research papers usually includes three communicative moves H u m a n i t i e s

research papers usually includes three communicative moves H u m a n i t i e s

Answer the questions below. Be sure to refer to page numbers using APA in-text citation.

1.Rhetorical moves in research paper introductions: Swales & Feak (2004) found that the introduction section of research papers usually includes three communicative moves: (attached)(titled rhetorical moves part 1 and 2)

Go to Reading 1 Popa et al. (2016) (attached) and try to find these moves in the introduction section (pp. 222-223). Annotate the text (you can highlight the moves using different colors). You may annotate the text with pen on a printed copy or with annotation tools on your computer or tablet. After you have annotated the text, send me a copy. Tocqueville (2000) and Putnam (2001) have pointed to the ways in which participation in civic associations promotes a healthy democracy. How can a social networking site like Facebook encourage involvement in civil society?

3.What does the study by Popa et al. (2016) show regarding the effect of Facebook use on offline organizational involvement (i.e., membership in political and leisure organizations)?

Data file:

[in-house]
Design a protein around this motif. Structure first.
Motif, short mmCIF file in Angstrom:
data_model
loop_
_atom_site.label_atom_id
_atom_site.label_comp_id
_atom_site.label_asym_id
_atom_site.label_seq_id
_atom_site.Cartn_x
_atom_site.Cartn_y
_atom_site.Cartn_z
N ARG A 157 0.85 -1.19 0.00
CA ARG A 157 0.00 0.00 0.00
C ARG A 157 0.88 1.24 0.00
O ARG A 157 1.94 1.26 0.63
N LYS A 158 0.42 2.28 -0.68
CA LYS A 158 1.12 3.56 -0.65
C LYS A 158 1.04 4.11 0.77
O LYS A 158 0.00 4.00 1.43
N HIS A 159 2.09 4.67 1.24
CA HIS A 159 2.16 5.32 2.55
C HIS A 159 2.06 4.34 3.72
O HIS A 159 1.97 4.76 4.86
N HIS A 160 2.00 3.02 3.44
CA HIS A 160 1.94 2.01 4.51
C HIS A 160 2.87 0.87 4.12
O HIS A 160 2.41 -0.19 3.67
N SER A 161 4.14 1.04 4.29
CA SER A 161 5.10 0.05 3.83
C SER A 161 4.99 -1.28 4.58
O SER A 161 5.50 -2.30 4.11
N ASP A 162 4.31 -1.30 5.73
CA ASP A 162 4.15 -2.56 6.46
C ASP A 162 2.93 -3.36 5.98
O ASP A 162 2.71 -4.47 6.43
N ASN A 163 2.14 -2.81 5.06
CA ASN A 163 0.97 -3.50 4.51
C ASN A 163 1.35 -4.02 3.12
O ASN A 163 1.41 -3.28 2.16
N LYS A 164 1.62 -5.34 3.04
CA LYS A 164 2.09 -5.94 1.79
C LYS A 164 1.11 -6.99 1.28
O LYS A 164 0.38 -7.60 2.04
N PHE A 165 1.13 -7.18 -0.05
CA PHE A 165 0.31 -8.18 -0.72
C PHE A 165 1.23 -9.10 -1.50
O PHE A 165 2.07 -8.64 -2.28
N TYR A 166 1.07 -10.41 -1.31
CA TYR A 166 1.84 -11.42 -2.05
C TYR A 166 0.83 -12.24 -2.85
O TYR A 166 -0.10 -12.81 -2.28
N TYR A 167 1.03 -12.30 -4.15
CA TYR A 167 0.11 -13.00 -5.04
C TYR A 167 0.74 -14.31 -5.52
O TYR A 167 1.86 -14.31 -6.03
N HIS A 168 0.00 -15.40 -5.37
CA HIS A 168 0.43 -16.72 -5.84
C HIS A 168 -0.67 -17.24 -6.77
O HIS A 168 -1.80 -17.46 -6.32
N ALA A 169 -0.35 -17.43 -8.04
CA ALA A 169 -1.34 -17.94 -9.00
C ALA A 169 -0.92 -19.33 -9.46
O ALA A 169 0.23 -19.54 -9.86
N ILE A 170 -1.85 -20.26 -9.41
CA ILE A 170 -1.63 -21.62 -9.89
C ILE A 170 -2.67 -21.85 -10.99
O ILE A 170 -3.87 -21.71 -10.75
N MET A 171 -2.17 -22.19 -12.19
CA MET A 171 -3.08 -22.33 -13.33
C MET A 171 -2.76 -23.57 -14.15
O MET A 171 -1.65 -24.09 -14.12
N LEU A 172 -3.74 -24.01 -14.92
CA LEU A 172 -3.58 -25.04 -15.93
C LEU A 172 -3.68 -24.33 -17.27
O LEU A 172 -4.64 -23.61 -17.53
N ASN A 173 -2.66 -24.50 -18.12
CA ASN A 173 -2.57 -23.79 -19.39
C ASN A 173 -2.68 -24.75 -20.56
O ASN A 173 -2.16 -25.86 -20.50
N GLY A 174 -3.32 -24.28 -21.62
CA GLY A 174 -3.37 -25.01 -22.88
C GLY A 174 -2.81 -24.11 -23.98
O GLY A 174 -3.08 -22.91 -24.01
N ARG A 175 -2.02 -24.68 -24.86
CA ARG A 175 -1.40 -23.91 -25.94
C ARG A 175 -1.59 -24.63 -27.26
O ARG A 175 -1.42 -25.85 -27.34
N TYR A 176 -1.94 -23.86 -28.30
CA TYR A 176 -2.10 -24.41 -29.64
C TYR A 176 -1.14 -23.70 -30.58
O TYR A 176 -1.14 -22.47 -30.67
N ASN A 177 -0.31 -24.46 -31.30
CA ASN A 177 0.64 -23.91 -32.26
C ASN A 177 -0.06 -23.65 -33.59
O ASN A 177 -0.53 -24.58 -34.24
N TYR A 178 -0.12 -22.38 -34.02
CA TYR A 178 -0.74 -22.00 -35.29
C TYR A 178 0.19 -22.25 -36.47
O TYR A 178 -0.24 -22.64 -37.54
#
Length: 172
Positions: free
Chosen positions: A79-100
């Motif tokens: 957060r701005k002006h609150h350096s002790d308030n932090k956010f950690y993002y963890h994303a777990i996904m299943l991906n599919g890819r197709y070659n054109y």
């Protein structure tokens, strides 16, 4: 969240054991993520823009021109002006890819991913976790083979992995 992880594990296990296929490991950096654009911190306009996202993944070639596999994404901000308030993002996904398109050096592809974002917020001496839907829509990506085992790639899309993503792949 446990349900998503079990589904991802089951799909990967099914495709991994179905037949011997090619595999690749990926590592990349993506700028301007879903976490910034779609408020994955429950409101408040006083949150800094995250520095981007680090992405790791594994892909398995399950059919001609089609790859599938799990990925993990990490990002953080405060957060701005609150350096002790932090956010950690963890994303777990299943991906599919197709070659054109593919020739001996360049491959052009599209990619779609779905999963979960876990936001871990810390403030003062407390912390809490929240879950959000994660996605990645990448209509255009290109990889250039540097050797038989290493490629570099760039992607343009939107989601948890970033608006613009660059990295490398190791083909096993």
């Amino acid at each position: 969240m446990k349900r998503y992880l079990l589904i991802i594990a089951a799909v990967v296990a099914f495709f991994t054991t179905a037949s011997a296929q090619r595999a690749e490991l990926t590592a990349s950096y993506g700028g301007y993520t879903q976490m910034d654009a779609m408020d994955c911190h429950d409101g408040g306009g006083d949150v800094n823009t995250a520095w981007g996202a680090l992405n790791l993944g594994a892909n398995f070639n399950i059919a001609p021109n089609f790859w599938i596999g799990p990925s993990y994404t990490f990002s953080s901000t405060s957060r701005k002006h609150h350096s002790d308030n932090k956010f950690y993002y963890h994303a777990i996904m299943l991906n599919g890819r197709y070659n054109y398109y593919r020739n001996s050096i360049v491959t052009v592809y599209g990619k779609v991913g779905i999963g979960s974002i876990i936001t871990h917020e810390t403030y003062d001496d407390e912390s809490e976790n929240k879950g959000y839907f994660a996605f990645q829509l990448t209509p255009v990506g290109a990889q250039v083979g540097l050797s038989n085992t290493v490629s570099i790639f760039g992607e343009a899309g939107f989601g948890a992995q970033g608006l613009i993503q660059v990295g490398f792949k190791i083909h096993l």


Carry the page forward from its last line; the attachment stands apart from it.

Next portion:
After annotating and answering the questions you will write a summary for reading 1 that will feature a specific scenario when you will be expected to adapt your summaries skills to meet a specific demand. Drawing on your skills from the first half, make sure you understand the scenario before you adapt to meet its needs.

Scenario: You work as a researcher for Spotify, tasked with creating new initiatives for online communities. Analyze Popa, Theocharis, and Schnaudt to identify key transitional aspects that build communal engagement via online services. Focus specifically on the key impact of online platforms and how they impact offline communities.

Format: 250-300 words per summary, double-spaced, 12-pt font.

Reading 1:Popa, S. A., Theocharis, Y., & Schnaudt, C. (2016). From seeing the writing on the wall, to getting together for a bowl: Direct and compensating effects of Facebook use on offline associational membership. Journal of Information Technology & Politics, 13(3), 222–238. (attached)